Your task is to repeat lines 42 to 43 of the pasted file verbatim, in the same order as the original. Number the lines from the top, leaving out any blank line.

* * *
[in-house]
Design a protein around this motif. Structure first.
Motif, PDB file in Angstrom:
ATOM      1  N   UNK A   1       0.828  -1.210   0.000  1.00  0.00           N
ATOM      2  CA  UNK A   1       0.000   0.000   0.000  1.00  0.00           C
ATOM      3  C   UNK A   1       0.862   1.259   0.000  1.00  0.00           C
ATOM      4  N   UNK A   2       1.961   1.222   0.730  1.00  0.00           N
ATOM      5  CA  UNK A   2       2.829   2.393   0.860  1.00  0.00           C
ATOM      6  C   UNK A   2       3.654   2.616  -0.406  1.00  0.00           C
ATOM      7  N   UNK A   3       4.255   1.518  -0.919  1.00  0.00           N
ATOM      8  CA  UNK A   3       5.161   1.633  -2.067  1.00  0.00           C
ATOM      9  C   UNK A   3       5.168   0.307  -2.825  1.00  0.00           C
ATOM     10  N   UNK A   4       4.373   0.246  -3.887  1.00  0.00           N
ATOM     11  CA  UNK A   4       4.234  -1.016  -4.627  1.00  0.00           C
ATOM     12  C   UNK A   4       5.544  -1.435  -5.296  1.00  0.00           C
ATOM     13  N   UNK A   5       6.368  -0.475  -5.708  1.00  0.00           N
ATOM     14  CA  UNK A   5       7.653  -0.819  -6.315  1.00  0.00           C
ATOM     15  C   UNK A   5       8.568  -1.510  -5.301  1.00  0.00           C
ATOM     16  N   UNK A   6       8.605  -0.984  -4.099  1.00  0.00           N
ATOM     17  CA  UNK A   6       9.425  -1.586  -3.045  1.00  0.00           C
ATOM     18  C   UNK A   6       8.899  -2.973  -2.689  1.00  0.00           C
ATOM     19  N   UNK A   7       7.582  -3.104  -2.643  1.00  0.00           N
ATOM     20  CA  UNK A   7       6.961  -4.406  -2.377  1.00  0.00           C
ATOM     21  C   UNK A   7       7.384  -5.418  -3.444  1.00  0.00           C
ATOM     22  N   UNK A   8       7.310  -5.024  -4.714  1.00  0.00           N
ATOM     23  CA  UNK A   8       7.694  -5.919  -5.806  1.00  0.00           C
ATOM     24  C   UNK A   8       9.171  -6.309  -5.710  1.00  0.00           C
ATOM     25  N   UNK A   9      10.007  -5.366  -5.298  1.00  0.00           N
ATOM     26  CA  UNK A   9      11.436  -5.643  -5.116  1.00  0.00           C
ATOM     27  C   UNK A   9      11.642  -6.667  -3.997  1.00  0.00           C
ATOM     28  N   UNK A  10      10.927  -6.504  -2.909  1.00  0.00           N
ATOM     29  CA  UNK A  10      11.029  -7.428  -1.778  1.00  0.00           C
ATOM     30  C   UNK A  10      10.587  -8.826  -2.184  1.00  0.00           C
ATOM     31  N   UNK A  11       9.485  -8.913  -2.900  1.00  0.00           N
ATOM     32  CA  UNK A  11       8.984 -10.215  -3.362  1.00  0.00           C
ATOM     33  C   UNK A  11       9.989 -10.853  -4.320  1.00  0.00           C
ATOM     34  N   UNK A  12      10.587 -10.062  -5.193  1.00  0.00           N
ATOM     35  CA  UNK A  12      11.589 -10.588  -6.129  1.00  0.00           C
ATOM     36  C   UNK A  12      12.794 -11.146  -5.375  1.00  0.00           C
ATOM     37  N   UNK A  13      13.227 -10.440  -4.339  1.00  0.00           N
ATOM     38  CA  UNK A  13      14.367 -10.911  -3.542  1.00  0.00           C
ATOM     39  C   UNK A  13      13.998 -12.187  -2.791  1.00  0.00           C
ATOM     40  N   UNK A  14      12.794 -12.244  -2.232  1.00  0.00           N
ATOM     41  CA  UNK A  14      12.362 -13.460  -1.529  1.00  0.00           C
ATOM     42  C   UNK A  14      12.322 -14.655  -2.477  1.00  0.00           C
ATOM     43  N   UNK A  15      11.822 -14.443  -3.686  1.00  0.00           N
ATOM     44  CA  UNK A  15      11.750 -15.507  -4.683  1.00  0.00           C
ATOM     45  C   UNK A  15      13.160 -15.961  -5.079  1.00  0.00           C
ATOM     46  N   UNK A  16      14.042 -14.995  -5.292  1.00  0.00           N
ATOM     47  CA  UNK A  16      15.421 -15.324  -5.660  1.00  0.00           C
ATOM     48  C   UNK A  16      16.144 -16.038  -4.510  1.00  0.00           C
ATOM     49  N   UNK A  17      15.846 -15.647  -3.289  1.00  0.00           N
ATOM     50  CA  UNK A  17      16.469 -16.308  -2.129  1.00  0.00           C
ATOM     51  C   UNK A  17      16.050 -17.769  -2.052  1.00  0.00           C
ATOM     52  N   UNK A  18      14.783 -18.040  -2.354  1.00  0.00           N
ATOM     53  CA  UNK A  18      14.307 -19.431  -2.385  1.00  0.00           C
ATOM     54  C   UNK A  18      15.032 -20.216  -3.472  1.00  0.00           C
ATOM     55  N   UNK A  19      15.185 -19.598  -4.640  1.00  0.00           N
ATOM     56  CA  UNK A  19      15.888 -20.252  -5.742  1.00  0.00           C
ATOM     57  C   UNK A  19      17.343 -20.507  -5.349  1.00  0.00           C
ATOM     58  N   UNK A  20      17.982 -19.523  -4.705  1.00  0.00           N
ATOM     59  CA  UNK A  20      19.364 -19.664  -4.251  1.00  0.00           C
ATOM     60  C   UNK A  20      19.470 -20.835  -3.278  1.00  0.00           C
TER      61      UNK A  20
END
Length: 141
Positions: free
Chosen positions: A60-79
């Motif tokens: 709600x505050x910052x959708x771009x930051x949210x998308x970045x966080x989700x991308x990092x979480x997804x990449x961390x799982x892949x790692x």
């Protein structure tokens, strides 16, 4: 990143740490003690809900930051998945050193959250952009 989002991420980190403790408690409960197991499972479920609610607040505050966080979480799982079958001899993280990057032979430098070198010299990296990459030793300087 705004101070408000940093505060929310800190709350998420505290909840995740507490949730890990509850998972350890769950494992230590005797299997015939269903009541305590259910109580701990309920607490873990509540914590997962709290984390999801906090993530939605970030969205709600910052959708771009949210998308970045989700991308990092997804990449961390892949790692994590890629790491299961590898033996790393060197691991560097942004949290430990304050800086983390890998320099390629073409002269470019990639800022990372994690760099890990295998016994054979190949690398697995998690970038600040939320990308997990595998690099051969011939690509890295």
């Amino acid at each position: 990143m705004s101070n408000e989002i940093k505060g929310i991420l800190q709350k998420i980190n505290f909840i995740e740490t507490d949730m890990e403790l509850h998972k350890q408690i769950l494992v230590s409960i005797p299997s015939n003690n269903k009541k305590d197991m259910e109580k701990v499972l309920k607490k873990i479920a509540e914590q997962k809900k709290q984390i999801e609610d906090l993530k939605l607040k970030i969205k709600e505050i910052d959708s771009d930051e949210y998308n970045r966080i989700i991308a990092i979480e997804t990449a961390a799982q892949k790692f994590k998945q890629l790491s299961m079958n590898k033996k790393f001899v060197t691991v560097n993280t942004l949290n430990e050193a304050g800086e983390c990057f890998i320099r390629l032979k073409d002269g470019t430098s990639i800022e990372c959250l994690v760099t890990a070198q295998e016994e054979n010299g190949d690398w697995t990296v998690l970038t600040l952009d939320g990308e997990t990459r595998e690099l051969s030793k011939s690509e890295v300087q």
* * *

ATOM     39  C   UNK A  13      13.998 -12.187  -2.791  1.00  0.00           C
ATOM     40  N   UNK A  14      12.794 -12.244  -2.232  1.00  0.00           N